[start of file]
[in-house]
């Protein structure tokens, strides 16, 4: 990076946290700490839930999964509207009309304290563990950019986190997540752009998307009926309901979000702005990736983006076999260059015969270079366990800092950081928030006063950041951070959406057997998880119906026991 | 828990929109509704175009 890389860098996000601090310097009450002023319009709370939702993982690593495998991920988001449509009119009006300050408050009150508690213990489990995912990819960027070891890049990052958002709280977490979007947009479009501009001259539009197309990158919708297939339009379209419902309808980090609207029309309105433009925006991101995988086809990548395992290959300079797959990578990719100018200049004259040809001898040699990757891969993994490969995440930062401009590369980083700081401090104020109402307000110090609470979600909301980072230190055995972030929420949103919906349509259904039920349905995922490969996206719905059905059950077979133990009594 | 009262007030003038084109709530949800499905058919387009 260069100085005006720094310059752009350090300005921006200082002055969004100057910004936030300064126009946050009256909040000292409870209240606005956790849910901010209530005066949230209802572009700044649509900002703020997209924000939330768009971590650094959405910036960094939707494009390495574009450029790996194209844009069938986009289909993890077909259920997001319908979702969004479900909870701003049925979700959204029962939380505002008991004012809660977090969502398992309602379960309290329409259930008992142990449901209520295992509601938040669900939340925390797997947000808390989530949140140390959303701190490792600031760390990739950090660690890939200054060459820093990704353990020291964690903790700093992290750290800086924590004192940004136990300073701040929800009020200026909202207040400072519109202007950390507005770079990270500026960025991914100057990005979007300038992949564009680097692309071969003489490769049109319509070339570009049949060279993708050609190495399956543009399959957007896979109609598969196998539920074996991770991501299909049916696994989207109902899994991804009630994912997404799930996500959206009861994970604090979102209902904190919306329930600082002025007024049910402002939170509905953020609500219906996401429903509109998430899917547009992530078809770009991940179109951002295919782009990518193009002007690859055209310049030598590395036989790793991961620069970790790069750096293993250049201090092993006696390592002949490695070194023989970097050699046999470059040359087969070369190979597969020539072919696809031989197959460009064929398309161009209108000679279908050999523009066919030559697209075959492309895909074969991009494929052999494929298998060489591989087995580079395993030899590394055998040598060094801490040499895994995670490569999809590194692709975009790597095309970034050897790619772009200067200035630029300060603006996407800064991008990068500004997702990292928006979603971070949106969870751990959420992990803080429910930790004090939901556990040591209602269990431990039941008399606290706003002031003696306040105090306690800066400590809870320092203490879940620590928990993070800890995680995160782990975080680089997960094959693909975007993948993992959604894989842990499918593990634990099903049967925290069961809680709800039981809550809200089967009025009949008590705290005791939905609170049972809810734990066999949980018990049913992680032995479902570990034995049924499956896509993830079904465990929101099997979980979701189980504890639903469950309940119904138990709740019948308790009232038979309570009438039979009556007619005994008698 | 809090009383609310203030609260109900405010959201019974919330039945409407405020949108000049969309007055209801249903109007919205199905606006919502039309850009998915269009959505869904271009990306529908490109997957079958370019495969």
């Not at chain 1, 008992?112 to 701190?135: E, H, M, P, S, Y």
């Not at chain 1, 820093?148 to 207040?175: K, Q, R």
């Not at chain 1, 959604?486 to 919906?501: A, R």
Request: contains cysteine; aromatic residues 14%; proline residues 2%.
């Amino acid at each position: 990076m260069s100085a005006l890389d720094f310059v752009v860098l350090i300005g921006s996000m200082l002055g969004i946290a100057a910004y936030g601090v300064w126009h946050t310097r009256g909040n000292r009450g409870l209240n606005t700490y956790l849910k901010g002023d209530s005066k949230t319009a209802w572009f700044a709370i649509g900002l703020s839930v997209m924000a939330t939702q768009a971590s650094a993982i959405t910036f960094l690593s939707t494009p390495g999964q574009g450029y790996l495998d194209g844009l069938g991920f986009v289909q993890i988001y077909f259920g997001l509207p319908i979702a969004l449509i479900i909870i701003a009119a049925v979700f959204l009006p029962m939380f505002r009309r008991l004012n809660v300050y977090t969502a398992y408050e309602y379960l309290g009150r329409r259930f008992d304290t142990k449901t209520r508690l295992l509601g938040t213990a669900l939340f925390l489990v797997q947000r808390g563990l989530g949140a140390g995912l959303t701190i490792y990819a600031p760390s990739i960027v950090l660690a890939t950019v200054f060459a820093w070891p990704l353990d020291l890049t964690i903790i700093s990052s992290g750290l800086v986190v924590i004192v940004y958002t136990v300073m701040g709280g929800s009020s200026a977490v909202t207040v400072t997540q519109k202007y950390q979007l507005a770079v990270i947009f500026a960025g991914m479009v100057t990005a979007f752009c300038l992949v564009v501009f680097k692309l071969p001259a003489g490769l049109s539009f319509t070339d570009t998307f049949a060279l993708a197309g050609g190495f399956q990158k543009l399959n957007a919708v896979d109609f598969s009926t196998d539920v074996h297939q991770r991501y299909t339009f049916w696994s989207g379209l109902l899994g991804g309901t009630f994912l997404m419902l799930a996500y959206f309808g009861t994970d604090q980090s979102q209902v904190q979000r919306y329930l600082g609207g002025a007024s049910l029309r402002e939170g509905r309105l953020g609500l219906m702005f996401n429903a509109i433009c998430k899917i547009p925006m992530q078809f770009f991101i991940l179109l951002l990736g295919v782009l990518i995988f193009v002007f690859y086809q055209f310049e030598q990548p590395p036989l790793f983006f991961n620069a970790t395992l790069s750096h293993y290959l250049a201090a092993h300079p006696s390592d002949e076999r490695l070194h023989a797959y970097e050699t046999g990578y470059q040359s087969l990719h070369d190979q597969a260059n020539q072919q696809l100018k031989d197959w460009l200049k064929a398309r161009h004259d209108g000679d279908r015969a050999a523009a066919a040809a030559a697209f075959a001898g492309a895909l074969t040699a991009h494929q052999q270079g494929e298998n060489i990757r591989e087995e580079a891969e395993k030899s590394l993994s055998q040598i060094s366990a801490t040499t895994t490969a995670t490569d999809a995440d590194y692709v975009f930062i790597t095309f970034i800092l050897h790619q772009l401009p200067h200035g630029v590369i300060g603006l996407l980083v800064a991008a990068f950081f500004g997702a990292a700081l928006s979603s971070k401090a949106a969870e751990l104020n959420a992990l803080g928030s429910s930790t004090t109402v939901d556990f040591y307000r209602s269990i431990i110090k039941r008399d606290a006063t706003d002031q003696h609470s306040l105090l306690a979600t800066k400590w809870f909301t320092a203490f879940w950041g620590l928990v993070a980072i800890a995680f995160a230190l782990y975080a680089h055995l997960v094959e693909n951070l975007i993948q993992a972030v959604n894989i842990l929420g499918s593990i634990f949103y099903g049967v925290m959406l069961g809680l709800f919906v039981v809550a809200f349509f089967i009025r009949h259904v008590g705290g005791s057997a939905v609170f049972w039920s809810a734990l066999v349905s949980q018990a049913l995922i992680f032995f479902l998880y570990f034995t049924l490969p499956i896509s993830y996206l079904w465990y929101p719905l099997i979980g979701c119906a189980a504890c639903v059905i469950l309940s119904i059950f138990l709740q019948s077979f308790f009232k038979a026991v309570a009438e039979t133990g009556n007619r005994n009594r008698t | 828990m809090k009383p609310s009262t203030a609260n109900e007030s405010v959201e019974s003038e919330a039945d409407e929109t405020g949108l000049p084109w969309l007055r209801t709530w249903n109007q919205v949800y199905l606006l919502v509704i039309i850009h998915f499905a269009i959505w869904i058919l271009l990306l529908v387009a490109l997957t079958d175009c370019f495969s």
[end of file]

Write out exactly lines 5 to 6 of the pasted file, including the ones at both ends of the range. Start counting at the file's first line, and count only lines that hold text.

């Not at chain 1, 959604?486 to 919906?501: A, R």
Request: contains cysteine; aromatic residues 14%; proline residues 2%.